What Gluten-free really means
Did you know that gluten-free doesn’t always mean the same thing? When a café menu says some dishes are ‘gluten-free,’ it’s not the same as a gluten-free label on a food product. And gluten-free has different meanings in different countries, which is important when you’re travelling.
Put simply, when you buy a gluten-free packaged product in Australia, you’re pretty safe. The law says GF food products should have “no detectable gluten”, which in practical terms means less than about 3 ppm (parts per million) gluten. Food manufacturers typically undergo regular audits and must test their products for gluten. Although a 2018 Australian study found that one in 40 gluten-free supermarket products had small amounts of gluten, compliance levels are improving.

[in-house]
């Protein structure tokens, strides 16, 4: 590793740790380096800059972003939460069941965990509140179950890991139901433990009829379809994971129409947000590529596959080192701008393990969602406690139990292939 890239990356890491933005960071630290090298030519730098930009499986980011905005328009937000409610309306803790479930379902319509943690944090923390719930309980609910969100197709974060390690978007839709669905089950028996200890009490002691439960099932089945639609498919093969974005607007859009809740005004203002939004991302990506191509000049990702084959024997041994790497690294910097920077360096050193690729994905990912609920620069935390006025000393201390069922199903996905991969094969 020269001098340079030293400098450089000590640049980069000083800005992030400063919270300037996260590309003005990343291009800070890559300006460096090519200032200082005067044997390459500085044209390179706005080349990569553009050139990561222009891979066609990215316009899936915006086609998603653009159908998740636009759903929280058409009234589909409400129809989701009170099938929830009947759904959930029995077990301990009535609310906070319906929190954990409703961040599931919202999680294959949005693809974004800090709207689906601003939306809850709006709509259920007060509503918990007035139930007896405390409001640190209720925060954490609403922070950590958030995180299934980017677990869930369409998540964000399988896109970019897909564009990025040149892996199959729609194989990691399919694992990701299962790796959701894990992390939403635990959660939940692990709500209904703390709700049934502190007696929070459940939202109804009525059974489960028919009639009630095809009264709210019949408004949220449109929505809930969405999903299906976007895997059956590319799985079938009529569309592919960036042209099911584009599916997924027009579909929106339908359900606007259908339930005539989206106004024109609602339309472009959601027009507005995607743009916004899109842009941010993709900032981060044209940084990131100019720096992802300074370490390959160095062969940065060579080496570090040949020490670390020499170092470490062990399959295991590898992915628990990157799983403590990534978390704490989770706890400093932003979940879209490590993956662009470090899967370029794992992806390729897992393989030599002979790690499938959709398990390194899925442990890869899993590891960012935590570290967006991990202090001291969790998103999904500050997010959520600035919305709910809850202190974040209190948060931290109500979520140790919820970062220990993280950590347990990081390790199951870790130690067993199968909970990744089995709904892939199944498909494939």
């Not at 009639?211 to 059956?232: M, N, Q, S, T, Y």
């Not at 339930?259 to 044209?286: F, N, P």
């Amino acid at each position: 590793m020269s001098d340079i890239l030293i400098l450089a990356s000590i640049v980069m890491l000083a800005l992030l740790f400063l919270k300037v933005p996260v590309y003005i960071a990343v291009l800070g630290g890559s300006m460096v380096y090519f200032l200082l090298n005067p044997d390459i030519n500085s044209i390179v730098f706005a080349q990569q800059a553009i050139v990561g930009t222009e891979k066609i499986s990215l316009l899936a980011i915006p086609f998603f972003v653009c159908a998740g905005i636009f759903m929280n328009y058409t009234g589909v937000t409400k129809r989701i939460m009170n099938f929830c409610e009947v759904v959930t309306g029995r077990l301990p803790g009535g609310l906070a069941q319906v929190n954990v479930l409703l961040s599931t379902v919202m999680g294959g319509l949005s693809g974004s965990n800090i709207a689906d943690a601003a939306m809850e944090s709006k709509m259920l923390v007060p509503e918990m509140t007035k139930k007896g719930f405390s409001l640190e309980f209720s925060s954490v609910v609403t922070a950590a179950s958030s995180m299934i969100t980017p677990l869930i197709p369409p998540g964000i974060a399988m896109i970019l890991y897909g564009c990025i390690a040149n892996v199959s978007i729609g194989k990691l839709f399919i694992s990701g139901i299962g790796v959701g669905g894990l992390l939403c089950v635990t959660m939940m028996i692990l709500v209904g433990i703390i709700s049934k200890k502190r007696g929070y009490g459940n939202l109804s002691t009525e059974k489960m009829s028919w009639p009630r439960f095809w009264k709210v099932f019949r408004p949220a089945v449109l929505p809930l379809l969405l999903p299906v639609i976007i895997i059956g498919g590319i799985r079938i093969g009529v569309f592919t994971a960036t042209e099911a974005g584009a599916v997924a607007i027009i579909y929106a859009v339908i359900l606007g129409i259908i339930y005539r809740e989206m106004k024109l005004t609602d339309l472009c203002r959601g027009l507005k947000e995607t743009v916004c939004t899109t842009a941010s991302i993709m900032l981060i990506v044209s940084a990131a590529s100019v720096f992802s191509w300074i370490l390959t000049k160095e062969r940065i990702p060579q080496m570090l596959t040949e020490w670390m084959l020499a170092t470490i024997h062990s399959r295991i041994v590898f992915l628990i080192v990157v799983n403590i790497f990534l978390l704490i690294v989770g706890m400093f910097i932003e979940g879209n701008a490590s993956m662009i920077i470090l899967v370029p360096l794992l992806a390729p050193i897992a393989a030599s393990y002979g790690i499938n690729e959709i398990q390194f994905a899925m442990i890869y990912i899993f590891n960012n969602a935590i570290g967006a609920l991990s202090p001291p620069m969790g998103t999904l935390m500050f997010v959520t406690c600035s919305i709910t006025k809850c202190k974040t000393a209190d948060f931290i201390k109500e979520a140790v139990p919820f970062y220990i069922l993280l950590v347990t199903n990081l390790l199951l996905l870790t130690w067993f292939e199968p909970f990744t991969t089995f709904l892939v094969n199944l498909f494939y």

But when you order gluten-free in an Australian café, restaurant or fast food outlet, you have to trust the kitchen staff. Your meal won’t be tested for gluten content. Instead you’re relying on staff training and food handling practices that minimise accidental contamination from gluten-containing foods. Gluten contamination sometimes happens despite best intentions. Kitchen staff might use an ingredient that’s supposed to be gluten-free but isn’t. Or they might forget to be careful.
Another 2018 Australian study found gluten in 10 percent of gluten-free foods sold by restaurants and cafes. These foods didn’t meet the no-detectable-gluten standard. That’s four times the level of non-compliance found in the food products study.
If you’re gluten-free for medical reasons and want an extra layer of protection against gluten contamination symptoms, we recommend GluteGuard. Whenever you’re not sure a meal is really gluten-free, taking one GluteGuard tablet before you eat will may help prevent the symptoms of accidental gluten intake.
Gluten-free packaged food products